amanda knox
U.S. student Amanda Knox react as she listens to the verdict during her appeal trial session in Perugia October 3, 2011. An Italian court cleared 24-year-old Knox and her former boyfriend of murdering British student Meredith Kercher in 2007 and ordered them to be set free on Monday after nearly four years in prison for a crime they always denied committing. Seattle native Knox and Italian computer student Raffaele Sollecito, had appealed against a 2009 verdict that found them guilty of murdering 21-year-old Kercher during what prosecutors said was a drug-fuelled sexual assault four years ago.

An Italian court cleared Amanda Knox and Raffaele Sollecito Monday of the 2007 murder of British language student Meredith Kercher, largely on the grounds that DNA evidence was inconclusive.

The 24-year-old former student from Seattle is now free to go home and try and rebuild her life, but what does the future hold for her? Knox will not be short of offers from media who want her story.

The U.S media did much to publicize the case and to discredit both the evidence put in front of the court and the Italian legal system. The Kercher family, clearly surprised by the level of interest, said they hoped the jury would ignore the media circus and stick to the facts of the case. In any event, Knox walked free, to the disbelief of some Italians who shouted "shame" when she left the court.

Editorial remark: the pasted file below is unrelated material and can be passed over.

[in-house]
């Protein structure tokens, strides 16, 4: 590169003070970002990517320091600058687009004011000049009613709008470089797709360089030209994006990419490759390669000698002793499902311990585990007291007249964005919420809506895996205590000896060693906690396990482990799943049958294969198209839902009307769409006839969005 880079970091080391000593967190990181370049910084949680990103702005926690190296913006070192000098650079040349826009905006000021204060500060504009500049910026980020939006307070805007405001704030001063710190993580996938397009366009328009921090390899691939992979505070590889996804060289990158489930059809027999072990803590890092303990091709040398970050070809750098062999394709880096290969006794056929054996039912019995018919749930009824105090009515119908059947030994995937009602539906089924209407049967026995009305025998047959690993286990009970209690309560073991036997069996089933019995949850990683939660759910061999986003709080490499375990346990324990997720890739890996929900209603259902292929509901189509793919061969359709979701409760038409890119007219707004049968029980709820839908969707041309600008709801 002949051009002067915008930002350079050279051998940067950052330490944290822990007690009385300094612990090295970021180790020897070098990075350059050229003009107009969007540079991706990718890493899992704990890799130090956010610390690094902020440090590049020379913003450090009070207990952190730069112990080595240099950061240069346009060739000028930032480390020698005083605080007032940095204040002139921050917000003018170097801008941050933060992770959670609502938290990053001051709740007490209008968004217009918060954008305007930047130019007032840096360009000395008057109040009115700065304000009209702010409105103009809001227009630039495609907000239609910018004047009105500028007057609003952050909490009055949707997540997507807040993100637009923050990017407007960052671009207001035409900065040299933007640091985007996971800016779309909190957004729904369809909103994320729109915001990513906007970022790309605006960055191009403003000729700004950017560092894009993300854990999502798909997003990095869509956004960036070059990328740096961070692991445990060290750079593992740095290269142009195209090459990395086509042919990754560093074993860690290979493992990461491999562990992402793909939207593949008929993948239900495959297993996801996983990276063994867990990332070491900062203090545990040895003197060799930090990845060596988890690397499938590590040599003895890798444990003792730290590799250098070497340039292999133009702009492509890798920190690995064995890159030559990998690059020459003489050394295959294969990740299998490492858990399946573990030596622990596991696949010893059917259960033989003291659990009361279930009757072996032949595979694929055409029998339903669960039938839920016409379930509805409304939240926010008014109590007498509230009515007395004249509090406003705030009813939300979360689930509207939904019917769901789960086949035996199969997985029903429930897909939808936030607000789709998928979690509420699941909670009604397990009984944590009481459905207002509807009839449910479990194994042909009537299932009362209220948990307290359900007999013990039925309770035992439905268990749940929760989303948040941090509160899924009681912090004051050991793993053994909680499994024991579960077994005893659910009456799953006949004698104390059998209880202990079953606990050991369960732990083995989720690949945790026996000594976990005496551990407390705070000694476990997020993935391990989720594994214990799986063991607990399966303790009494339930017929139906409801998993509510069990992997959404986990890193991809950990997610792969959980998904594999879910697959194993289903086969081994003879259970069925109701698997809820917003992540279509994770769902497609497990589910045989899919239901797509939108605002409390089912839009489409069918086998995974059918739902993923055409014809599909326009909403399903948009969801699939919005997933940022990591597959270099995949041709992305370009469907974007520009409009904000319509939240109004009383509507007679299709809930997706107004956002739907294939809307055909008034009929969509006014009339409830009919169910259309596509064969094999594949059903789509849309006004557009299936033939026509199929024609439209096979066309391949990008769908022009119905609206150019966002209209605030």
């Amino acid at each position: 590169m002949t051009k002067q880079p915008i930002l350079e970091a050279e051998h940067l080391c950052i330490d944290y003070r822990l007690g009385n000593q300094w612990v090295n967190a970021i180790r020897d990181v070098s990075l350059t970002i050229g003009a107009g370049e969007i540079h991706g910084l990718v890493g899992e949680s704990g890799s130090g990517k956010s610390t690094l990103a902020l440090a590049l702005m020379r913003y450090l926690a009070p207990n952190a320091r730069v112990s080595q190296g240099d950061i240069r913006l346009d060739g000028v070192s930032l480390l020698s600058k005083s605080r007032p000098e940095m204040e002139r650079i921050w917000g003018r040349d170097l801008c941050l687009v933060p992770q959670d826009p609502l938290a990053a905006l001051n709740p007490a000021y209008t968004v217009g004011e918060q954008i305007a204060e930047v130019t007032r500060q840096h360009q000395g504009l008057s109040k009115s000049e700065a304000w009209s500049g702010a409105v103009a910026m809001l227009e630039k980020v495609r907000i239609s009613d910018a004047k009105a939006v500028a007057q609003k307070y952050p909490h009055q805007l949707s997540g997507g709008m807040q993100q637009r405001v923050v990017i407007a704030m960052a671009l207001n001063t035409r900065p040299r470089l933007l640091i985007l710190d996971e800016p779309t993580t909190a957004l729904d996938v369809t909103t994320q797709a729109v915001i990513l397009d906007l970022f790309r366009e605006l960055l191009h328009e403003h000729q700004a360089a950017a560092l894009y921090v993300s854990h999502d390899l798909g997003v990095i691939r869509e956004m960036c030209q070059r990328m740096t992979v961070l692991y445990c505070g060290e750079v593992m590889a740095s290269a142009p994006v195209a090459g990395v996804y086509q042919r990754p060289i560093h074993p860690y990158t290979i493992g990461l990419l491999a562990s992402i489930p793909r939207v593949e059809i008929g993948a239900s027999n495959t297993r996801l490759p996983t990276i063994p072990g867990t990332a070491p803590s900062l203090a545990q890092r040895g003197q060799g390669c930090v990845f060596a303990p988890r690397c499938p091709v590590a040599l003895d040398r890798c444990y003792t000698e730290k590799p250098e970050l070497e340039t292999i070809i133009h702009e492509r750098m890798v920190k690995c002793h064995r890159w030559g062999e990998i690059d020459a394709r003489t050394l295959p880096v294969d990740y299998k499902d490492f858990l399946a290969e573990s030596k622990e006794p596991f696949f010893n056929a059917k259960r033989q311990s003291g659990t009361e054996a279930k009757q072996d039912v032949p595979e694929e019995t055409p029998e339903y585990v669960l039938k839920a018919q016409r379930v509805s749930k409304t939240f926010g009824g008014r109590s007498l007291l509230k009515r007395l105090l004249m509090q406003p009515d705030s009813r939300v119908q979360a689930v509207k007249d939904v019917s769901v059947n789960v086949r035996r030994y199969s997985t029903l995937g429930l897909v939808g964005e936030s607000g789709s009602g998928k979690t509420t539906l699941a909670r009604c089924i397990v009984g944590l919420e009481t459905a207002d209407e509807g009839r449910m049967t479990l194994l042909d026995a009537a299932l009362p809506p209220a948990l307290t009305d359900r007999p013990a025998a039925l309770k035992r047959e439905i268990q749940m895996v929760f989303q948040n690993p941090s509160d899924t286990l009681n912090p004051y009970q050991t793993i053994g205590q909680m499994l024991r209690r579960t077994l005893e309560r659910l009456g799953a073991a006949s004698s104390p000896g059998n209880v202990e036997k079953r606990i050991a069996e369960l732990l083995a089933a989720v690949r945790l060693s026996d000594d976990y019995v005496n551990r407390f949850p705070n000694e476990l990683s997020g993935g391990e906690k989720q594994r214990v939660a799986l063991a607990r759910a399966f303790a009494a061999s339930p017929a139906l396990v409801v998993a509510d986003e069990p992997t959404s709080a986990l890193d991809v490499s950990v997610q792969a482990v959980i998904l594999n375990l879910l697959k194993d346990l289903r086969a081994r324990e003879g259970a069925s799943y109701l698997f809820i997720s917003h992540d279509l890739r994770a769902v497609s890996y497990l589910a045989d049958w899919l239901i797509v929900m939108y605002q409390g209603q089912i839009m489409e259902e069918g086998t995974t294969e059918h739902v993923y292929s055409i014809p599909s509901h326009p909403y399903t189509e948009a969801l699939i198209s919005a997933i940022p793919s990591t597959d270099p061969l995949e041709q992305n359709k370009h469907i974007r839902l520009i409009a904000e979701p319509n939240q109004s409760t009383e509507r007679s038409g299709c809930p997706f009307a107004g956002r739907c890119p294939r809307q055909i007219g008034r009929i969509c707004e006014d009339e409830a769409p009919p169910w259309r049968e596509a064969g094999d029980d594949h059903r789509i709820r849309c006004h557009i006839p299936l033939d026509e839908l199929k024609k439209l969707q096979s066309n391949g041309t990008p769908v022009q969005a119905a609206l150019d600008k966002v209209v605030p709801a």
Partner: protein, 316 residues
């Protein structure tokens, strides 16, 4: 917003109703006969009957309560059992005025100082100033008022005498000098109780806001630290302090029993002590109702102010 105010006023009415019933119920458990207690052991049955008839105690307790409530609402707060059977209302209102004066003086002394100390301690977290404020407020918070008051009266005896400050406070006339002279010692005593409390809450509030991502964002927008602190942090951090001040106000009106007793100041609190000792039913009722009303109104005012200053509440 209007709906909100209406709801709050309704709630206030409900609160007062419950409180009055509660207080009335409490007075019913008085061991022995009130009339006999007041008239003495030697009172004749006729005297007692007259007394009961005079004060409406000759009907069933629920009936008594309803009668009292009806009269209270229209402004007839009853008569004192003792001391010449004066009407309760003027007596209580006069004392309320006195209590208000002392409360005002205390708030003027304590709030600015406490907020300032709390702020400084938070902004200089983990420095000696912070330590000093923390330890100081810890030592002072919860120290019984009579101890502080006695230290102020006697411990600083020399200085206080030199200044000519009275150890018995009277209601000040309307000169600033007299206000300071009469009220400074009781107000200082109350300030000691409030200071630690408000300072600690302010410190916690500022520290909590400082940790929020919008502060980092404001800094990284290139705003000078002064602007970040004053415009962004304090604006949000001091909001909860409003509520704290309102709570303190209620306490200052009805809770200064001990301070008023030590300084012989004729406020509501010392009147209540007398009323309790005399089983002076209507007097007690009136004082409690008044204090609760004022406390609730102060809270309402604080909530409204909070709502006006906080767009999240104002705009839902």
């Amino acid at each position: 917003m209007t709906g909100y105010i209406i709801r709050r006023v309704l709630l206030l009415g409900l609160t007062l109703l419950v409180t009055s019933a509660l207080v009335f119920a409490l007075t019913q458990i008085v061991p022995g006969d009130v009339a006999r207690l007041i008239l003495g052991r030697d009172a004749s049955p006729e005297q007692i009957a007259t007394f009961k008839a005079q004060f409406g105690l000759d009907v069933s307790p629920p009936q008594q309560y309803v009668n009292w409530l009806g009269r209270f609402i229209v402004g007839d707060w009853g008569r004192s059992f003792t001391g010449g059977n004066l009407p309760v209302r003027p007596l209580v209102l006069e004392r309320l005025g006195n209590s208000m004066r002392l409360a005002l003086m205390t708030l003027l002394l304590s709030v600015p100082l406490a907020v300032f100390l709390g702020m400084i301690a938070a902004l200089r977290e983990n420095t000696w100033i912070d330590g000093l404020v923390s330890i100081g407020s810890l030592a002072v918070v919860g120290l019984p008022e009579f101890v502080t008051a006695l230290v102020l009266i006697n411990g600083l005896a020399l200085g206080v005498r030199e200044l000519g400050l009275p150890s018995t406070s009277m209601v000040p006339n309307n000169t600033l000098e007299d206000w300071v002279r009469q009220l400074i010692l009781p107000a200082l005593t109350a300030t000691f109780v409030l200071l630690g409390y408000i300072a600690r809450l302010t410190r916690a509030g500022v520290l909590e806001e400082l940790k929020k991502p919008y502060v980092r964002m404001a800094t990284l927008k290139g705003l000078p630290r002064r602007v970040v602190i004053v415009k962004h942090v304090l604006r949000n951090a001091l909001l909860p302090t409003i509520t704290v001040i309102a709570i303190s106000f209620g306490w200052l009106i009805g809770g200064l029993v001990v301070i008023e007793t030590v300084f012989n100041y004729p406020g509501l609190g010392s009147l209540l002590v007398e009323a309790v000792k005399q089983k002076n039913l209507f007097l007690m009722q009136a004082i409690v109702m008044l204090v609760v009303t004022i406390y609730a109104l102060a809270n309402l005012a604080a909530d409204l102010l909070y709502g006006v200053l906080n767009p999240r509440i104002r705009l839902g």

For family and friends preparing to welcome her home, Knox's acquittal brings to an end a long campaign seeking her freedom and an arduous struggle to support her while behind bars.

From the moment Knox became a suspect in the murder, her character has been attacked. The court did rule that Knox lied about the authorities' conduct, but more worrying traits of her personality were revealed. We were told of her behavior immediately after the death of her housemate, including doing cartwheels in the police station while being questioned. Even with her acquittal, can Knox repair her reputation?

"She is fundamentally the same wonderful and excellent person she has always been, but it's dampened her optimism and forced her to deal with a reality we would do anything to protect her from," said friend Jessica Nichols, who travelled from her Seattle home to Perugia several times to support Knox.

"It has impacted her ability to inherently trust people, which was something she always did before this ordeal," she added.

There have been two portrayals of Knox, as saint and sinner, and these were reaffirmed in court, during the trial and the hearing, when she was characterised as a "faithful woman in love" by one lawyer and a witch by another.

"Who is Amanda Knox? Is she the mild-looking, fresh-faced person you see here, or the one devoted to lust, drugs and alcohol that emerges from the court documents?" lawyer Carlo Pacelli asked.

The BBC reports that friends say that although the most important part was to clear her own name and to taste freedom in the United States once again, Knox, who became fluent in Italian while jailed, has spoken of wanting to do translation work and to use her experiences to help others who may find themselves in the same position.

For now, the most important thing for Knox will be to return to her family in Seattle. There will no doubt be countless book deals, interviews and documentary offers from the U.S media in the future. There has also been talk that Knox will return to her studies. Knox leaves Italy a free woman, but will she ever be able to mend her reputation?